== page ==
Copyright © 2006 by Jay B. Gaskill
This piece was first posted on
“The Human Conspiracy Blog” July 15th 2006. On July 19th,
I added a “Personal Footnote” and posted the whole thing on “The Policy Think
Site”. Your many comments and notes of
encouragement have been deeply appreciated. We should continue to pray for Israel.
Note: A Chaplain reports from the Iraq desert. Link: http://www.edow.org/news/window/julyaug2006/kenworthy.htm
for Israel, then Peace
Jay B. Gaskill
As a Judeo-Christian,
I firmly believe in the right of the State of Israel to thrive in peace within
defensible borders. As a moral realist, I understand what the actual conditions
of survival entail when you are living amid a sea of resentment-intoxicated
peoples, temporarily unhinged by a malevolent ideology masquerading as a
religion of peace.
Therefore, I must completely dissociate myself from the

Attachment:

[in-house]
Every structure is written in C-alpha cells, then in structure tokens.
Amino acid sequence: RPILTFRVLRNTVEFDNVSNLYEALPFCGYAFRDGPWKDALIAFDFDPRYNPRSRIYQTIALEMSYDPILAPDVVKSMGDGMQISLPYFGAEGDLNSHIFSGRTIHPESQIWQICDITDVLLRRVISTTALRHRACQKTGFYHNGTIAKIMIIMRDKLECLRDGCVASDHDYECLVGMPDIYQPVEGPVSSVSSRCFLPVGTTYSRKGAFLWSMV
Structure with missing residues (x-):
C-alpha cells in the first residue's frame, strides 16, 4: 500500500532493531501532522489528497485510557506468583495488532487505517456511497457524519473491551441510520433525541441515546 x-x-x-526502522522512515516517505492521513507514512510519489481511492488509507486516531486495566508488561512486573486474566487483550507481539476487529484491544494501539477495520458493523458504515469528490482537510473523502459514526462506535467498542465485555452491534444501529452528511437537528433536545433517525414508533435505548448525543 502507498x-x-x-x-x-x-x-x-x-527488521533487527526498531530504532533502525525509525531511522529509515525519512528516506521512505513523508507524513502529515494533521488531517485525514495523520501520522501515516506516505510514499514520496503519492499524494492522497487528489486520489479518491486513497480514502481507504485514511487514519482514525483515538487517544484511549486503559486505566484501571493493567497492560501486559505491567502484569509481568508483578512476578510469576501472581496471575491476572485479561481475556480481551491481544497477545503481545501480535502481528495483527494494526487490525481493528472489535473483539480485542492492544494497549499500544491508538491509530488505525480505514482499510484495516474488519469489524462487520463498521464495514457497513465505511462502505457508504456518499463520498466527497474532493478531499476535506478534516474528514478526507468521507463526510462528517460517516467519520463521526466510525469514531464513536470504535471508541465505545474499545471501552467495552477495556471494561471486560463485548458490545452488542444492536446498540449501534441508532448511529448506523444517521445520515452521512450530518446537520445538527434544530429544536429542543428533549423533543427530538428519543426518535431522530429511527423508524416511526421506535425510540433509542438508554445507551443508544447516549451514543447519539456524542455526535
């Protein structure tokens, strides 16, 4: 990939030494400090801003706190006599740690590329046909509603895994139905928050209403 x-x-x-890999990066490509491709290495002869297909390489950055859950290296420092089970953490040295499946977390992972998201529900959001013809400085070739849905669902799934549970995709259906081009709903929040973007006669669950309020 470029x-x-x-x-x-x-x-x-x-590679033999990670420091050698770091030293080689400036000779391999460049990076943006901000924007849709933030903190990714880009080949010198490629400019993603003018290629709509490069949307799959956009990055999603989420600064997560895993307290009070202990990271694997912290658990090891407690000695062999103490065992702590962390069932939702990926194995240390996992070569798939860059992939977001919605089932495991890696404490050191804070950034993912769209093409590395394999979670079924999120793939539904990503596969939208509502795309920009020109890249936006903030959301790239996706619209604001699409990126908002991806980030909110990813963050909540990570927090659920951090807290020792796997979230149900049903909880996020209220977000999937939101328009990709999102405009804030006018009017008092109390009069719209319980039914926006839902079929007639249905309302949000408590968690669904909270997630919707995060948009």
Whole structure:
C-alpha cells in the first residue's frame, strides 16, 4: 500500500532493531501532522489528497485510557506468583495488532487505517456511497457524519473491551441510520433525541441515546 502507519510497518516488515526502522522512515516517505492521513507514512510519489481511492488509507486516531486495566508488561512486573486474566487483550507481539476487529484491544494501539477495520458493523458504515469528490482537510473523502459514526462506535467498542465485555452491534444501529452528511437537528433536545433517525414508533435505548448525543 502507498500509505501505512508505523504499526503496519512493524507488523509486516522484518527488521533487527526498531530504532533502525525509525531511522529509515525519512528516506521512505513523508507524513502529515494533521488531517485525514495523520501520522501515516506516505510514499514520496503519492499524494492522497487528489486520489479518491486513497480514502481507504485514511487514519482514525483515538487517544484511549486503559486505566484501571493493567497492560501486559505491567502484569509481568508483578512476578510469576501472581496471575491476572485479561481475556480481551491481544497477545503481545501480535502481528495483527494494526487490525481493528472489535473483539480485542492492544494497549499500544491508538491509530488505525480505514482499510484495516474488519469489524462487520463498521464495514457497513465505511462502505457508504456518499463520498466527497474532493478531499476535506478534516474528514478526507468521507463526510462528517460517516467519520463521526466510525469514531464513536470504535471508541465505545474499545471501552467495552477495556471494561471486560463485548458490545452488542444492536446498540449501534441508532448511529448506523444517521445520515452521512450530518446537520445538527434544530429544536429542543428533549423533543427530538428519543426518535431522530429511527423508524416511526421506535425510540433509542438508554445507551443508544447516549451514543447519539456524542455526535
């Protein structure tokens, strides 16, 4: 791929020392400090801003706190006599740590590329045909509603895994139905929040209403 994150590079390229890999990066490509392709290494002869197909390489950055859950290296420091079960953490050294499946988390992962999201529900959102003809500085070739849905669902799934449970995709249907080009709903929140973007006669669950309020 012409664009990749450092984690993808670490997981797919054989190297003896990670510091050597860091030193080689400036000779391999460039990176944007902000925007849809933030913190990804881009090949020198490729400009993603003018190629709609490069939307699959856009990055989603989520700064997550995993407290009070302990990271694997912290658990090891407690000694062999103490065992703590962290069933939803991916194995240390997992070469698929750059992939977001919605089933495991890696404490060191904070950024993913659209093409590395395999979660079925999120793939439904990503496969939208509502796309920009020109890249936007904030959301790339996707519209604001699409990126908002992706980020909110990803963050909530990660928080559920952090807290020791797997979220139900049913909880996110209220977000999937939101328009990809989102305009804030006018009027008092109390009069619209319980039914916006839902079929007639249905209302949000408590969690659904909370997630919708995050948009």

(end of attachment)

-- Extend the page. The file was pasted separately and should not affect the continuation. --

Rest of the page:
pacifist strain of Christianity that has repeatedly called for Israel
to retreat, to refrain from proactive self defense and ultimately … to risk
These otherwise good hearted souls are deeply confused.
Ambivalence toward the truly evil, and passivity in the face
of the real, existential threats it poses to the good and the innocent souls
among us is so profoundly wrong as to border on evil itself.
The current struggle is far more serious than Israel’s
putative friends in Europe seem to acknowledge. How
could it be otherwise when thousands of Israeli children (a large plurality of
all Israeli children) are going to bed tonight in bomb shelters? How
could it be otherwise when the bombing and missile attacks (hundreds of
missiles, one attack barely missing Shimon Perez) are being orchestrated by the
proxies (Hezbollah and Hamas) of a terrorist nation
and its terrorist puppet regime (Syria),
both of which seek Israel’s
ultimate destruction? How could it be otherwise when the nation of Israel,
having been resurrected in 1947 under the aegis of the United Nations
with the support of Europeans, is now on the verge of being abandoned by those
same “friends”? These are the same European states (excluding England)
that were complicit through cowardice and denial when the holocaust was
perpetrated on their own soil. The “resurrection” of this same pattern of